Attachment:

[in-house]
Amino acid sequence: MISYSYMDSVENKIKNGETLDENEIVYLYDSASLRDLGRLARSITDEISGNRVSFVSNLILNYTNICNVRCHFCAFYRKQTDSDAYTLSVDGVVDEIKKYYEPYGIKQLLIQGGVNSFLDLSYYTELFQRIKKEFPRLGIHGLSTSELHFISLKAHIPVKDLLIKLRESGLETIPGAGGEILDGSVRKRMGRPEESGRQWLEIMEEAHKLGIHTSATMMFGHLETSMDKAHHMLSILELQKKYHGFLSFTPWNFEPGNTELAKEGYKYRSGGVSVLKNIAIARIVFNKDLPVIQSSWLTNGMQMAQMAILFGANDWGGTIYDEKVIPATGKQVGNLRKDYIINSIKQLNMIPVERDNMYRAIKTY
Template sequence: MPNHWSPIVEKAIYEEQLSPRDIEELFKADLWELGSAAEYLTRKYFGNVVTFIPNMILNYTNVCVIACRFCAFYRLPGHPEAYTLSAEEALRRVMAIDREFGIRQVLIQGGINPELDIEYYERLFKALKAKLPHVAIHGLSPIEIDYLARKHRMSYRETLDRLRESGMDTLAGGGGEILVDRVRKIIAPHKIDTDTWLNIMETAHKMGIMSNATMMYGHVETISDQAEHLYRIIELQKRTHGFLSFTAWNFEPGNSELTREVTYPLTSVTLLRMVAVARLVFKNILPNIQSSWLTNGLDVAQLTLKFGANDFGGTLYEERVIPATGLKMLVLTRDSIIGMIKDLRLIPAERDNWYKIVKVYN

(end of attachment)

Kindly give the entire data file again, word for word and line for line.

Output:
[in-house]
Amino acid sequence: MISYSYMDSVENKIKNGETLDENEIVYLYDSASLRDLGRLARSITDEISGNRVSFVSNLILNYTNICNVRCHFCAFYRKQTDSDAYTLSVDGVVDEIKKYYEPYGIKQLLIQGGVNSFLDLSYYTELFQRIKKEFPRLGIHGLSTSELHFISLKAHIPVKDLLIKLRESGLETIPGAGGEILDGSVRKRMGRPEESGRQWLEIMEEAHKLGIHTSATMMFGHLETSMDKAHHMLSILELQKKYHGFLSFTPWNFEPGNTELAKEGYKYRSGGVSVLKNIAIARIVFNKDLPVIQSSWLTNGMQMAQMAILFGANDWGGTIYDEKVIPATGKQVGNLRKDYIINSIKQLNMIPVERDNMYRAIKTY
Template sequence: MPNHWSPIVEKAIYEEQLSPRDIEELFKADLWELGSAAEYLTRKYFGNVVTFIPNMILNYTNVCVIACRFCAFYRLPGHPEAYTLSAEEALRRVMAIDREFGIRQVLIQGGINPELDIEYYERLFKALKAKLPHVAIHGLSPIEIDYLARKHRMSYRETLDRLRESGMDTLAGGGGEILVDRVRKIIAPHKIDTDTWLNIMETAHKMGIMSNATMMYGHVETISDQAEHLYRIIELQKRTHGFLSFTAWNFEPGNSELTREVTYPLTSVTLLRMVAVARLVFKNILPNIQSSWLTNGLDVAQLTLKFGANDFGGTLYEERVIPATGLKMLVLTRDSIIGMIKDLRLIPAERDNWYKIVKVYN